A4: The Three Graces


After finding out that he impregnated her, Avery beats Grace, his girlfriend, and she runs away from him.

Grace’s pregnancy makes her crave lemonade, and when she passes a girl with a lemonade stand, they begin to talk. Coincidentally, she learns that the girl’s name, as well as her mother’s name, is also Grace, Grace White. This name brings back memories from the young ladies past when her foster mother’s name was Grace White.

Is it possible that this girl’s mother is the same woman that parented Grace when she was twelve, and if so, can they be reunited?


She ran from the man, hoping he had not already killed their baby.

Grace had had no idea how Avery would respond to the news of her pregnancy. She knew her boyfriend would not be happy, but she had dared to hope that he would at least understand. After all, it was his baby too.

She had been wrong though, and now, she writhed in pain from the beatings.

“You could have killed it!” she yelled. Her voice echoed through the street.


A few months later, in another part of town, a girl waited…and waited. Still, her lemonade jug was full, untouched. Still, her small piggybank was empty.

It seemed that no one wanted lemonade on this dark, cloudy day. No one wanted to give money for the community’s orphaned children. No one cared it seemed.

Even an old lady walking a small dog had passed by, not giving the girl another look.

Old people were supposed to be the generous ones, but today even they did not want lemonade.

The girl almost decided to stop. She was clearly getting nowhere.


As she was walking that day, Grace felt a craving come over her, one of many she had experienced during the pregnancy.

Lemonade. She needed lemonade. Not a grocery store’s lemonade, but real lemonade like Mrs. White used to make.

Grace turned onto the next street, and saw, with surprised joy, a lemonade stand.


After a long time, the girl decided to pack up her stuff and go back home. Her mother always told her that it wasn’t her success that counted, but her intentions.

Just when she was about to carry the lemonade inside though, a young woman passed by.

“Lemonade! Twenty-five-cents a cup,” the girl called. “It’s homemade!”

“That’s just what I was craving,” the woman said, as she dug into her purse. “Here you go!”

She handed the girl a dollar-bill.

“It’s only twenty-five-cents a cup,” the child said.

487076070_38f1fdf12a_oEmma’s Lemonade Stand” by Ben Radlinski. CC BY-NC-SA 2.0

“A dollar for refills,” the lady smiled.

The child looked at her oddly.

“What’s your name?” asked the girl.

“Grace,” the woman said.


“Hmmm?” the girl asked, thinking Grace was trying to get her attention.

“Grace.”

Grace repeated her name.

“My name’s Grace,” she said. “What’s yours?”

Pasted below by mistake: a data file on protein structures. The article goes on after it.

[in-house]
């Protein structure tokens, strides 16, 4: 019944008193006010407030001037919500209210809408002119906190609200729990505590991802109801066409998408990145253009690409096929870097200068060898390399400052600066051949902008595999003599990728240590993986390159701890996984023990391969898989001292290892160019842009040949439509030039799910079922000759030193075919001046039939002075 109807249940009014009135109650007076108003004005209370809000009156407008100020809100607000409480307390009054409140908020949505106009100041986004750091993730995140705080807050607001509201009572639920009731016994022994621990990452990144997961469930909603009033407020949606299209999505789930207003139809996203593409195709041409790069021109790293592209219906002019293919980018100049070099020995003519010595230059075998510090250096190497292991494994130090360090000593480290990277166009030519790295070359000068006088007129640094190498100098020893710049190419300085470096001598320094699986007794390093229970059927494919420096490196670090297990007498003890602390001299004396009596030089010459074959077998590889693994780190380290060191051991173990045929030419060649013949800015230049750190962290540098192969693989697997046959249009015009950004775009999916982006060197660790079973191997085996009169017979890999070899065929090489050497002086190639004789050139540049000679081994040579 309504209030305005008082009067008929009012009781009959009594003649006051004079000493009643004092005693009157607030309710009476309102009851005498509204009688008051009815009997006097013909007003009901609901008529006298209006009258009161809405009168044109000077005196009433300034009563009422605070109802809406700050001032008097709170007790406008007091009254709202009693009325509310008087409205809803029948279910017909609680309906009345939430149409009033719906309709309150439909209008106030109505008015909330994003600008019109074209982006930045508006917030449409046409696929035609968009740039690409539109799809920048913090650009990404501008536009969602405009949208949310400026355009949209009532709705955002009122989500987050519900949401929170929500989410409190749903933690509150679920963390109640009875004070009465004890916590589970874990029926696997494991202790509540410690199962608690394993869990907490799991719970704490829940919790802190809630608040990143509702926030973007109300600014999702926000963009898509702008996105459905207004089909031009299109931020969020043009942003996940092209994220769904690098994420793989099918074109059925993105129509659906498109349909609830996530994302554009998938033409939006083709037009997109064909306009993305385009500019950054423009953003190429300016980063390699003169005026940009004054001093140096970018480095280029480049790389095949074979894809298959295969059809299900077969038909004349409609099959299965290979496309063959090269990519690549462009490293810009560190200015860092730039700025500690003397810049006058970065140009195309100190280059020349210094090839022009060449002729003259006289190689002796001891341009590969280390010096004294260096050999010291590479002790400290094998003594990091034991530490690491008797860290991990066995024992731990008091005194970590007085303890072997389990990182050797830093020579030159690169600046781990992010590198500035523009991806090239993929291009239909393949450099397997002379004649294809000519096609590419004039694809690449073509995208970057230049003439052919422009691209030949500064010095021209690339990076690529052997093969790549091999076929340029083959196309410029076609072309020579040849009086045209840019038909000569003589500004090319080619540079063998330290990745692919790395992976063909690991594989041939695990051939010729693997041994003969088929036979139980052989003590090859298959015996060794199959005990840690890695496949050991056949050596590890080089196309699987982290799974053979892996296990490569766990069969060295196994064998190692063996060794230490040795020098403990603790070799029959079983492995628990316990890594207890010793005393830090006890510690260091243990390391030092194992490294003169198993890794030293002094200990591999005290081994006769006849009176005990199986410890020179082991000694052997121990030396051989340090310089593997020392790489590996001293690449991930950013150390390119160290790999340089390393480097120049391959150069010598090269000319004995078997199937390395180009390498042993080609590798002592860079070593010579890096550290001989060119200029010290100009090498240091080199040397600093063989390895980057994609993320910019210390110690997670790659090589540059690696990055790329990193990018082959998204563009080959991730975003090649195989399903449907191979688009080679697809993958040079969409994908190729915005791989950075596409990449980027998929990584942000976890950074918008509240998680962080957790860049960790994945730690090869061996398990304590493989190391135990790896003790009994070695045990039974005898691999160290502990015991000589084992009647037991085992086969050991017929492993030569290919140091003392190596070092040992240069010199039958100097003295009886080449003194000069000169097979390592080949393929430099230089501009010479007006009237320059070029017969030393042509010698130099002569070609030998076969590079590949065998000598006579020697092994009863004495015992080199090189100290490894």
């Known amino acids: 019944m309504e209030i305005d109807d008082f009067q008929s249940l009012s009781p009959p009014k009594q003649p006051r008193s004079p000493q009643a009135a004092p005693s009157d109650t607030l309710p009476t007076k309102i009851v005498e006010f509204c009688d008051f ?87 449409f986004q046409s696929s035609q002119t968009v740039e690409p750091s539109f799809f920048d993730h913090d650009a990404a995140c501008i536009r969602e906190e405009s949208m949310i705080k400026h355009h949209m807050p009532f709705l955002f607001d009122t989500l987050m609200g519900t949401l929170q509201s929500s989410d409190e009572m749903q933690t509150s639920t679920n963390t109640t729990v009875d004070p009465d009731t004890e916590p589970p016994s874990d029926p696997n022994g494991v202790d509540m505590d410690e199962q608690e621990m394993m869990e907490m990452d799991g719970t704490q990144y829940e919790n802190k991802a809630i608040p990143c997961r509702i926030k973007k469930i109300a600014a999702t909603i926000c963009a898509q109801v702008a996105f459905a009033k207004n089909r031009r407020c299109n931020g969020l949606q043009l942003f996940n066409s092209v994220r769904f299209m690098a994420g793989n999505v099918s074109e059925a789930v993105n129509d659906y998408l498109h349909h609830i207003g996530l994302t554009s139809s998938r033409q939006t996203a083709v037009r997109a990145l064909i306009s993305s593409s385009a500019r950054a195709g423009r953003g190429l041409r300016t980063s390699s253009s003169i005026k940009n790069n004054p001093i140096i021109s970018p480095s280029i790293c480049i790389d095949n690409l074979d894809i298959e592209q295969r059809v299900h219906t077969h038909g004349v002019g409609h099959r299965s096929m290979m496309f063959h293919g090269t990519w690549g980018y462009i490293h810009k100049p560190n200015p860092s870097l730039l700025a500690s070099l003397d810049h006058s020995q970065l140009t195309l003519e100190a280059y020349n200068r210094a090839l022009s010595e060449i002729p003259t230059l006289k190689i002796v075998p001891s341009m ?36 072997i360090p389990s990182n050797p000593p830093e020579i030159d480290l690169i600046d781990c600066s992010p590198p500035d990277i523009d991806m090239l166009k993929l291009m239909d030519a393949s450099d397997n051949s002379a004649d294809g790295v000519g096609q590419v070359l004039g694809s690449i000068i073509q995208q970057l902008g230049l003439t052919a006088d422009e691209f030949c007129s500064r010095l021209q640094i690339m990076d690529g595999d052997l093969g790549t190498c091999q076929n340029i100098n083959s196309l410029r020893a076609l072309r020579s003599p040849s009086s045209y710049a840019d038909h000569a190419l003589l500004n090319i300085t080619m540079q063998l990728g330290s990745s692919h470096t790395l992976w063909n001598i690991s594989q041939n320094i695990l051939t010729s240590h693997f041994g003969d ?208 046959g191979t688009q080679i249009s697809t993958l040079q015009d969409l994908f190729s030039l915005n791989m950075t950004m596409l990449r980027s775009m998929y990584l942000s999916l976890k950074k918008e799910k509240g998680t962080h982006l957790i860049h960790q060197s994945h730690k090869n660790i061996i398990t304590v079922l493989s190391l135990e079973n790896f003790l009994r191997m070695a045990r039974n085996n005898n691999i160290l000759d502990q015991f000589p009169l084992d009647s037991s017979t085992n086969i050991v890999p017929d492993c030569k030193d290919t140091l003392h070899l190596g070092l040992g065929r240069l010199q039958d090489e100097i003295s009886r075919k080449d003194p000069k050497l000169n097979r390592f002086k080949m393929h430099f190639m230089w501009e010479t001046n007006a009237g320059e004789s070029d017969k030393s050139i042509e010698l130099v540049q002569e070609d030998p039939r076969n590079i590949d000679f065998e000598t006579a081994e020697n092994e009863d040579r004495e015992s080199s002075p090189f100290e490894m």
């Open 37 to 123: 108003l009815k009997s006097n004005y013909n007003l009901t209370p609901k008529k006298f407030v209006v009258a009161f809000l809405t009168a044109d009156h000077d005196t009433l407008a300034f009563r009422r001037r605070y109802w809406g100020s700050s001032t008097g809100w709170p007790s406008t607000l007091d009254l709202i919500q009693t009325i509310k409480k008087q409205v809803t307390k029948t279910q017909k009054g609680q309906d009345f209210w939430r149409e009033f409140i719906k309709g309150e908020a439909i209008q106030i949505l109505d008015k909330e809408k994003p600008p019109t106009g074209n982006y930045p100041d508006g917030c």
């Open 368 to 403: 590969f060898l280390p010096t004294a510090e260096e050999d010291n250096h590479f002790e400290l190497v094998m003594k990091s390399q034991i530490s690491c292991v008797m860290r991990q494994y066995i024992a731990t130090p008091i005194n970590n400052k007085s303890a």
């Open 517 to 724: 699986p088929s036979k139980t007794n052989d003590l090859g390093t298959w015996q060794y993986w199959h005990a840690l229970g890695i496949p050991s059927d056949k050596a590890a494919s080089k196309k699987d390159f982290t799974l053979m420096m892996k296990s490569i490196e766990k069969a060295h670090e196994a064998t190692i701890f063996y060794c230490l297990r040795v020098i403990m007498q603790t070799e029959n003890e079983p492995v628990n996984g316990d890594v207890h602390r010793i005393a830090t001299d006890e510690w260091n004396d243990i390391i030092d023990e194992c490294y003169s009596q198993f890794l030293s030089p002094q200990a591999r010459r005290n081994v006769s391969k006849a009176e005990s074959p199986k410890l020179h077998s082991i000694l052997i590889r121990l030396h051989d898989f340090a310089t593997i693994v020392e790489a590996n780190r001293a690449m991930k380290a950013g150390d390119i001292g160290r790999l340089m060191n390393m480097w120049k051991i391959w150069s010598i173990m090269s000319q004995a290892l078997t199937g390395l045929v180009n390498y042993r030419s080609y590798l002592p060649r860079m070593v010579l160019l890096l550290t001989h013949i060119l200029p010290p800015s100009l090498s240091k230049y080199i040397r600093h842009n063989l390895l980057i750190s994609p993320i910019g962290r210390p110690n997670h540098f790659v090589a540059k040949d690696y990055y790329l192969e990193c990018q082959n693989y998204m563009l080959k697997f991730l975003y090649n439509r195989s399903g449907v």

“My name’s Grace too,” the girl said, curiously. “Grace White, same as my aunt.”

“Grace White?”

Grace mulled over the name in her head.

She recognized it. At twelve years old, the young woman had gone to live with Mrs. Grace White, her third foster mother and the only nice one.

Mrs. White had wanted to adopt her, and they had seemed like a perfect match.

They both had the same first name, and Grace had never known any other woman who loved her like that. Then, Grace had been taken away. Mrs. White had had no choice.

Ever since then, Grace had never had a home so warm. She had never really felt loved again.

She had thought that Avery loved her, but he only wanted to use her. He wanted to be loved, but he didn’t know how to love back. He was just like Grace, fragmented and searching for acceptance.

“Ma’am,” the girl interrupted Grace’s thoughts.

“Yes?”

“Can I do anything for you?” she asked. “You look thoughtful.”

“Can I see your aunt?” Grace asked, hoping that possibly she could be the very same Mrs. White who had given Grace shelter those ten years before.

“Sure. Come inside.”

Grace helped the girl gather the cups and jug from off the table, and then the girl led her up the sidewalk to a small house.

Grace had not recognized the house when she had been walking, but now she realized that it was in fact the very same one she had lived in when she was a child.

“Aunty Grace, you’ve got a visitor,” the younger girl called when they got inside.

Her aunt came to the door and stared at the young, pregnant Grace.

“Grace?” her voice cracked, and a puddle of wet tears drowned her eyes. “What a surprise!”

The young mother reached out her arms and hugged Mrs. White, the lady who should have been her mother.

They had both wished for this day many times before, and now it was finally here. They were finally back together again.

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About Jason

Jason Zimmerman is a 16-year-old passionate about serving God through writing and drama and loves embarking in strong God-honoring relationships with other believers. He is currently working on a young adult novel entitled Thrush Call. He is also part of a Christian dance studio. One of his all-time favorite books is The Giver by Lois Lowry, but he’s always open to new reading possibilities. He aims to obey God with his whole heart and can’t wait for all things to be made new when Christ returns.
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2 Responses to A4: The Three Graces

  1. S.K. Lupu says:

    This is so sweet and beautiful!

    Like

  2. melodykac says:

    I really like the ending and how you brought them together!

    Like

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